The pre-season is a time for players on the move to get acclimated with their new team. It’s a chance for prospects and borderline NHLers to show what they can do and try to earn a spot on the roster. It’s a time for coaches to evaluate player progression from the summer and to try different line combinations. Or, if you’re a Philadelphia Flyer, it’s a chance to try to cripple somebody.
Obviously that last sentence was a bit sarcastic, but it is not completely false. Two of the eight longest suspensions in NHL history were given to Jesse Boulerice (23 games) and Steve Downie (20 games) for targets to the head during a pre-season game. Jody Shelley delivered a hit from behind that earned him a 10 game suspension only a few days ago, and then tonight we get this beauty from Tom Sestito.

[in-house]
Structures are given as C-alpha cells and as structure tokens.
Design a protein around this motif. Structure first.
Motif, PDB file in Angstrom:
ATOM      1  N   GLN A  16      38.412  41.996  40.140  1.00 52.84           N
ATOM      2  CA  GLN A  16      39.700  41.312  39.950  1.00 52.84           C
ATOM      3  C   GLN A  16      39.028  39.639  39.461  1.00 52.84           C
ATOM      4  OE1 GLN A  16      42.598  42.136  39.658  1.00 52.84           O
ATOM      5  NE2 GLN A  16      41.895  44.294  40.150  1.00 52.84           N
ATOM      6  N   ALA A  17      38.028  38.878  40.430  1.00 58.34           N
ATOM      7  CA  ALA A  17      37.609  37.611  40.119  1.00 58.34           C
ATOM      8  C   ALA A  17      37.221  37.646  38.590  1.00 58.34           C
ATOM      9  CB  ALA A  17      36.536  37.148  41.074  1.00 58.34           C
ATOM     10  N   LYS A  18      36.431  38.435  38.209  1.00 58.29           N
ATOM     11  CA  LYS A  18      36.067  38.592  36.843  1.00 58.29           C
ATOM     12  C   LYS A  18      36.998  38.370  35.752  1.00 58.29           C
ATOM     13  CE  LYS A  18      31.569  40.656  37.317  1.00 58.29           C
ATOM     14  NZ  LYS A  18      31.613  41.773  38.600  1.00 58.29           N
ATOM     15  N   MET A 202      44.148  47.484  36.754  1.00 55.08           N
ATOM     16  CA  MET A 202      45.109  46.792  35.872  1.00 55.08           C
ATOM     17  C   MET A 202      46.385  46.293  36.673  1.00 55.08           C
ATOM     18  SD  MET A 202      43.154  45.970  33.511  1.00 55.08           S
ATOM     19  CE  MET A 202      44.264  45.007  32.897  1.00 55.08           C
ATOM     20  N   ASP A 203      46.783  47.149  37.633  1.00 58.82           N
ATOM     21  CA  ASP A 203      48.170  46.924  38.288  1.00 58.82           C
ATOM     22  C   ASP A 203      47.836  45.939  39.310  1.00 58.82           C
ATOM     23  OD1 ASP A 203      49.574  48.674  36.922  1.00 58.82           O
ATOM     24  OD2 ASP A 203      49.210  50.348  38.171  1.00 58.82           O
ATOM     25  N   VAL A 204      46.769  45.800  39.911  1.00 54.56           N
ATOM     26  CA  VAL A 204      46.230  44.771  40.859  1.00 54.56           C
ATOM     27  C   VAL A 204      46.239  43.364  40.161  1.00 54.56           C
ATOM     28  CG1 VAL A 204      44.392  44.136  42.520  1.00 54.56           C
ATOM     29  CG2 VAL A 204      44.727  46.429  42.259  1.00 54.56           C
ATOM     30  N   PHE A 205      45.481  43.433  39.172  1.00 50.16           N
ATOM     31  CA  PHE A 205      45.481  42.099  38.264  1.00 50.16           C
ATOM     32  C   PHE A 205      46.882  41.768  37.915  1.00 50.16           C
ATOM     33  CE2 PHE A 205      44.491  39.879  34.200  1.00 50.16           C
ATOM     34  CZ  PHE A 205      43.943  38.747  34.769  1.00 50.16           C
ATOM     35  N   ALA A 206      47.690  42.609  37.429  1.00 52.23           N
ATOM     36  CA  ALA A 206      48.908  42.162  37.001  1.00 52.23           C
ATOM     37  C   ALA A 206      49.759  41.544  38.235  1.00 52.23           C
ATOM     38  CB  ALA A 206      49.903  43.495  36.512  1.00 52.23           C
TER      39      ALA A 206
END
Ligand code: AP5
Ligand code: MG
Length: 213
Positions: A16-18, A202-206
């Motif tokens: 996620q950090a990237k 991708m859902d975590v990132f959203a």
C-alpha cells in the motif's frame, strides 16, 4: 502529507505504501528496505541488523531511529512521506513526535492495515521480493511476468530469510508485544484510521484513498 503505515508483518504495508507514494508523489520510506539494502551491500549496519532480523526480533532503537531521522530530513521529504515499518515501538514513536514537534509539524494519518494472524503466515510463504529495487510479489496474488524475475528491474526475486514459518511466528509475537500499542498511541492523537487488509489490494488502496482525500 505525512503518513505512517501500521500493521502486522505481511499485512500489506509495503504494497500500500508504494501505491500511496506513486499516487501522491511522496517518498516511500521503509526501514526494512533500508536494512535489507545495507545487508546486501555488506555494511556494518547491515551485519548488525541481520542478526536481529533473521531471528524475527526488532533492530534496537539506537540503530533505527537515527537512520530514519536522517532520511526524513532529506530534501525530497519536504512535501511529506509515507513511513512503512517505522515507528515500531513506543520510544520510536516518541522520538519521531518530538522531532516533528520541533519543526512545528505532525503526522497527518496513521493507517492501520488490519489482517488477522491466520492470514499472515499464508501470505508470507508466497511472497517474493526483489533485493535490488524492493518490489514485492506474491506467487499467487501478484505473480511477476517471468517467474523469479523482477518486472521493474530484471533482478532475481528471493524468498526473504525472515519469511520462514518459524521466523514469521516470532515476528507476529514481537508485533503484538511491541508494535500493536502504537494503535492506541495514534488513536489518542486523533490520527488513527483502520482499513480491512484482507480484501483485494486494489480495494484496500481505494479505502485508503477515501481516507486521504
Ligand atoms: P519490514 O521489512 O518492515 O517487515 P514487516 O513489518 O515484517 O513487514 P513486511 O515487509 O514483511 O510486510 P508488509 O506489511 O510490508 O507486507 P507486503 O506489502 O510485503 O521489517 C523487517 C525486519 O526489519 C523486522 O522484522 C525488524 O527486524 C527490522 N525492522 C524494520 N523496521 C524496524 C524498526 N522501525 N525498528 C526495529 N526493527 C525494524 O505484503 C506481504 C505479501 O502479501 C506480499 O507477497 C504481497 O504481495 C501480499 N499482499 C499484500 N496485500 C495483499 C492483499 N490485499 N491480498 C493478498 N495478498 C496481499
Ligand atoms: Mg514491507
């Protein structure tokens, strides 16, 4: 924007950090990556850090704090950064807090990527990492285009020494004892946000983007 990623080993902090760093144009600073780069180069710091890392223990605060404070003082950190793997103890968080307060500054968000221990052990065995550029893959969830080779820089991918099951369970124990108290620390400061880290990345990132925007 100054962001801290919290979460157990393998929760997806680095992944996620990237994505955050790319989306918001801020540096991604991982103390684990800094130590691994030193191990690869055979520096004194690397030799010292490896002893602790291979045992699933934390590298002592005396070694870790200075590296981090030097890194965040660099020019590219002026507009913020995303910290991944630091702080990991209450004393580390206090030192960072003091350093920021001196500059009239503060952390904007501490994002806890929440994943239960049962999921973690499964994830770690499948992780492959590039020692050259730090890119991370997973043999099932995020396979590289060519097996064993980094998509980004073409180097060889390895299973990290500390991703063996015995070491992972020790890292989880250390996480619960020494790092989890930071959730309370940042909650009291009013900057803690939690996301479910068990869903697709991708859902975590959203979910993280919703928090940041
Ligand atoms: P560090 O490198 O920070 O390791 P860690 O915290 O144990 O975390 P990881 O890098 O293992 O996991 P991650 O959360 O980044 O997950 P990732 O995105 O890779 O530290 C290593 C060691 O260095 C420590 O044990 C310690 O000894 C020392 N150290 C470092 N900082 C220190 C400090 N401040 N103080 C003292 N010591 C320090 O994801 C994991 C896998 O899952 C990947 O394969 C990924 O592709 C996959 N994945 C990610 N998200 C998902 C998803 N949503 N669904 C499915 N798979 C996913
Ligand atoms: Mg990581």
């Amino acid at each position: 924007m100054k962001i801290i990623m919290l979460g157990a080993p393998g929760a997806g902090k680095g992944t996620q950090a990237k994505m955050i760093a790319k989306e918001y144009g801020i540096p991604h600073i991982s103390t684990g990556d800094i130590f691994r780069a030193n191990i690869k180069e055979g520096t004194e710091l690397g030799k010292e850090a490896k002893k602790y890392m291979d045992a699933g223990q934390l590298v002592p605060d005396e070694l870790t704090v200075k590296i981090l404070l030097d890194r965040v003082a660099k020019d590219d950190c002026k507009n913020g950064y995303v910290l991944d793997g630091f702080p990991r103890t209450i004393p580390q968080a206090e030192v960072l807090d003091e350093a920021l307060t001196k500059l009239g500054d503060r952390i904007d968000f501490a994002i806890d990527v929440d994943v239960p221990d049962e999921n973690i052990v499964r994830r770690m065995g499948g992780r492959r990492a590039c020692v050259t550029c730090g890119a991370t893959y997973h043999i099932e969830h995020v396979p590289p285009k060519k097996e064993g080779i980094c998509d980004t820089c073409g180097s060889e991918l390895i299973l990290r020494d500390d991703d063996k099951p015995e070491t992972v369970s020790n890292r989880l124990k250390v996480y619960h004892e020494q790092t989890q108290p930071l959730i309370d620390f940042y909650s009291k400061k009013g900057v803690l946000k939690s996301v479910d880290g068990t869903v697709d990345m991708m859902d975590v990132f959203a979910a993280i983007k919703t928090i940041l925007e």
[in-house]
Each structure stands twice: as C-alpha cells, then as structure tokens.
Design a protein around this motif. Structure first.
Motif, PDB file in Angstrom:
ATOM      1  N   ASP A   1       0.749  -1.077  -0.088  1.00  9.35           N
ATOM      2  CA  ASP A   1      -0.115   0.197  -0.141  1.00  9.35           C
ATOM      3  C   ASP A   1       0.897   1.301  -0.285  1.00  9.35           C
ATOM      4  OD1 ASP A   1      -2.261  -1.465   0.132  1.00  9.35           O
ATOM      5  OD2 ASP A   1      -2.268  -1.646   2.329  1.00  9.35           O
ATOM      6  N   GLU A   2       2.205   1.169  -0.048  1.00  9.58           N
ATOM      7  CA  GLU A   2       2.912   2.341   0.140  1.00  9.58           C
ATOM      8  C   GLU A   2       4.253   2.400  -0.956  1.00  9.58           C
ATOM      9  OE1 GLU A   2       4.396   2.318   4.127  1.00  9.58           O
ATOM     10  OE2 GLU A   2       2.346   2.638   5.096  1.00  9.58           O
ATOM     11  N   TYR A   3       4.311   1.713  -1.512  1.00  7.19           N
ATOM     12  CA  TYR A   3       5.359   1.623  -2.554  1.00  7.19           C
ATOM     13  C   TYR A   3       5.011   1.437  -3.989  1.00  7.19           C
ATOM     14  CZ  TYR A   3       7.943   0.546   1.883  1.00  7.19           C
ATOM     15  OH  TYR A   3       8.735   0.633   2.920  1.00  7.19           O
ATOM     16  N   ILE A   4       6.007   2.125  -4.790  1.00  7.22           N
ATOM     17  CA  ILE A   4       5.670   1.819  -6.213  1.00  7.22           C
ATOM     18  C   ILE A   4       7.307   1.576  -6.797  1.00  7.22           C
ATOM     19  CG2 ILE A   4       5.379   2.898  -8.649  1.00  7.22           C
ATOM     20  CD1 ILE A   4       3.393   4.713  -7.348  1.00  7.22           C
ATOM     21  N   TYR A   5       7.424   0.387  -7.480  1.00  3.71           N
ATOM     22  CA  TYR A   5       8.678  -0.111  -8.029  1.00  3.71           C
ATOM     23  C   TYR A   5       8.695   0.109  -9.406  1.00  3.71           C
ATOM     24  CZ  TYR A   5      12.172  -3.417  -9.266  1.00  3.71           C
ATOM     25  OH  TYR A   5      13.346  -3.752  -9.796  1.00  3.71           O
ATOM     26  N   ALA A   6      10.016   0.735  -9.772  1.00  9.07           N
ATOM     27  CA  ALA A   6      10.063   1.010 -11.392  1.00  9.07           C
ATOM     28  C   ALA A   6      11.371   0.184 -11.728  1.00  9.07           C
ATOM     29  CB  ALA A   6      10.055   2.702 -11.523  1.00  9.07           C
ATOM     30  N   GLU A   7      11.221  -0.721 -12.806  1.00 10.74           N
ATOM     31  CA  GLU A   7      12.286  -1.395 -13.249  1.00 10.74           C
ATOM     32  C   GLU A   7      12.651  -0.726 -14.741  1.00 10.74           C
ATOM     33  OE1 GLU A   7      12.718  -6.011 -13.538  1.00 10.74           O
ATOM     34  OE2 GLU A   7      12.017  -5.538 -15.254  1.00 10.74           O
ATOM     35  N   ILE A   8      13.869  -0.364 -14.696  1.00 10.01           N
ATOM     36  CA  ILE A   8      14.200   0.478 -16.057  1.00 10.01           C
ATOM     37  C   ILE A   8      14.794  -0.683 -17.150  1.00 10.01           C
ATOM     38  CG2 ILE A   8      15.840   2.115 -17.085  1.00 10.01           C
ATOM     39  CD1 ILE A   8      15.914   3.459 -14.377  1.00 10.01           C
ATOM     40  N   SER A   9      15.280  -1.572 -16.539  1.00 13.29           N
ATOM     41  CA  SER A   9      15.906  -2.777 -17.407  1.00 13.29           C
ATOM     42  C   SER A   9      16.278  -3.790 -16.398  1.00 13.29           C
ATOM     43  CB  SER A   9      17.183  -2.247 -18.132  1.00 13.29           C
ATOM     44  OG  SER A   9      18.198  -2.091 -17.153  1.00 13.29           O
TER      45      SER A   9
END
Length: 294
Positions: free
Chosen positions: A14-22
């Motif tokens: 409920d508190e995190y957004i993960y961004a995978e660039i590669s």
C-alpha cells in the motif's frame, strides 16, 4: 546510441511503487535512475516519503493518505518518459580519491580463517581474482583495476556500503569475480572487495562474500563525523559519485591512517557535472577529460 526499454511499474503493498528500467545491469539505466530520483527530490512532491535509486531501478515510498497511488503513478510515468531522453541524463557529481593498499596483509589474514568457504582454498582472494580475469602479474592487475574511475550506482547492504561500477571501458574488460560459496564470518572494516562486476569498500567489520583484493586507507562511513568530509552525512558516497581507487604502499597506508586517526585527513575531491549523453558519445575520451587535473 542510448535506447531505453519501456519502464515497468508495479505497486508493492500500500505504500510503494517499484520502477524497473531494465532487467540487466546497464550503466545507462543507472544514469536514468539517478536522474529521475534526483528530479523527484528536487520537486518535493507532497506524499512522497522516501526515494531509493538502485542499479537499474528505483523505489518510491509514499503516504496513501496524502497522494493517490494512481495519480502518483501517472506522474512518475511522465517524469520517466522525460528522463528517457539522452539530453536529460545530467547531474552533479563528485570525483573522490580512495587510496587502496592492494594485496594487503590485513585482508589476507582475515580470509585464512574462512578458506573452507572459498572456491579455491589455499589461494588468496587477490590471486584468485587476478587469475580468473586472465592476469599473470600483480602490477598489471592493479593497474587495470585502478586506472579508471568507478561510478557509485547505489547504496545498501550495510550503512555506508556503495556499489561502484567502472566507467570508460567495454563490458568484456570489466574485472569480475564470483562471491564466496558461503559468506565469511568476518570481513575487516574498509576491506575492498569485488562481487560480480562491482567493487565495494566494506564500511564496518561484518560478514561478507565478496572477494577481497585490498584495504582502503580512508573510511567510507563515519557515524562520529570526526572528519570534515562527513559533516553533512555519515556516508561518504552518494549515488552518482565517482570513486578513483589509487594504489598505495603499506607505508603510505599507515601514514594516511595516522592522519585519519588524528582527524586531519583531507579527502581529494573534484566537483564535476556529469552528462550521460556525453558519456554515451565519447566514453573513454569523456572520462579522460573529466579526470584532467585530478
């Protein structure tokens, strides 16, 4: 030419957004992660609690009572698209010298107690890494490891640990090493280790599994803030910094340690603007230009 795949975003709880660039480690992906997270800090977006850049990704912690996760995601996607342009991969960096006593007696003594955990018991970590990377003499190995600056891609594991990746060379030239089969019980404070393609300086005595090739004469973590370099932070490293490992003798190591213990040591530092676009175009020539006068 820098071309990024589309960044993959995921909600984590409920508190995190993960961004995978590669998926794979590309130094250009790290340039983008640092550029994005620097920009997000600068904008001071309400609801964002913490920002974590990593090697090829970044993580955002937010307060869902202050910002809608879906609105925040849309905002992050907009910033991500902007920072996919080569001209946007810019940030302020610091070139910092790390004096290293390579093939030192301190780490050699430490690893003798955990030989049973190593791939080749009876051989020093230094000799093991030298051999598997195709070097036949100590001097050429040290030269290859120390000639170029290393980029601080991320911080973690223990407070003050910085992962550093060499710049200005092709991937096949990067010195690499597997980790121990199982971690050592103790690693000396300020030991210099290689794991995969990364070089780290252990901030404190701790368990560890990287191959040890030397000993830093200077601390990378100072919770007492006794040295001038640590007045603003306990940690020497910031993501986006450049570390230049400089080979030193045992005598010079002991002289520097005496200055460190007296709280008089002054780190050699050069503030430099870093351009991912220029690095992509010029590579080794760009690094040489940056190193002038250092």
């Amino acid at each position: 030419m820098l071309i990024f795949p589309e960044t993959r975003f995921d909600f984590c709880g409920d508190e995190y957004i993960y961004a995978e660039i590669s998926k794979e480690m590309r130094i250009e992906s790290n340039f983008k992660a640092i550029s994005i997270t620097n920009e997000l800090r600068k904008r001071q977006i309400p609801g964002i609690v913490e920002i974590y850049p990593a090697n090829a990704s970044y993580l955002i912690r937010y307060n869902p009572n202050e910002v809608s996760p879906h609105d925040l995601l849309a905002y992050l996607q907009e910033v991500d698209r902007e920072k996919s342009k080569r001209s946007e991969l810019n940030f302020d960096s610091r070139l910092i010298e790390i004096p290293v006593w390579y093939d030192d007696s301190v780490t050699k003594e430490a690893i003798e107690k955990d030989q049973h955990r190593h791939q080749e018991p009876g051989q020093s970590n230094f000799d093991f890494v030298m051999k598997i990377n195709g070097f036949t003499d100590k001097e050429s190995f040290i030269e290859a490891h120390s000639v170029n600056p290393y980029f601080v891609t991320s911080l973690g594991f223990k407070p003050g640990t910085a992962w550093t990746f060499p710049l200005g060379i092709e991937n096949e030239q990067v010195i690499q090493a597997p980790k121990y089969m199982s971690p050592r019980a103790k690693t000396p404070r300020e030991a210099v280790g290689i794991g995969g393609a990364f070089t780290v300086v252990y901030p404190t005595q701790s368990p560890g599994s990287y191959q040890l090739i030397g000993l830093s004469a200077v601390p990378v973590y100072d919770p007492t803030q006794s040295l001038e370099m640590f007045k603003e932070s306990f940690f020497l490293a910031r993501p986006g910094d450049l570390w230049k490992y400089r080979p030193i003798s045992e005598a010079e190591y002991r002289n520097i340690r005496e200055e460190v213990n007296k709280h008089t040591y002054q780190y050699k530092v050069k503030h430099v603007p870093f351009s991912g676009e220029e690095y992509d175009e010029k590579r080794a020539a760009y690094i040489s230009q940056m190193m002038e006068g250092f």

Andre Deveaux is lucky to not have been hurt. A brief search of Flyers suspensions shows me 12 Flyers suspensions (soon to be 13) since 2009, though I might be missing some from previous pre-seasons. The number of suspensions the Rangers have had in that same timeframe? Zero. And the Rangers have recorded the most hits in the NHL since the start of the 2009 season. I simply refuse to buy that this is a coincidence. That some teams have a clean record while others don’t. And the NHL needs to address this. Yes, Jody Shelley and Tom Sestito were punished, but in what way are the Flyers held accountable? In what way are they inconvenienced? Peter Laviolette probably could not care less that he won’t be able to dress Jody Shelley and Tom Sestito for a handful of games. If the NHL wants to prevent these kinds of plays then they can’t simply look at individual players but the organizations themselves. I guarantee these kinds of hits would go down if teams were at risk of being fined or losing draft picks for an excessive number of incidents. Otherwise, a team like the Flyers doesn’t really have much of an incentive to stop irrelevant players from committing these types of hits in meaningless games.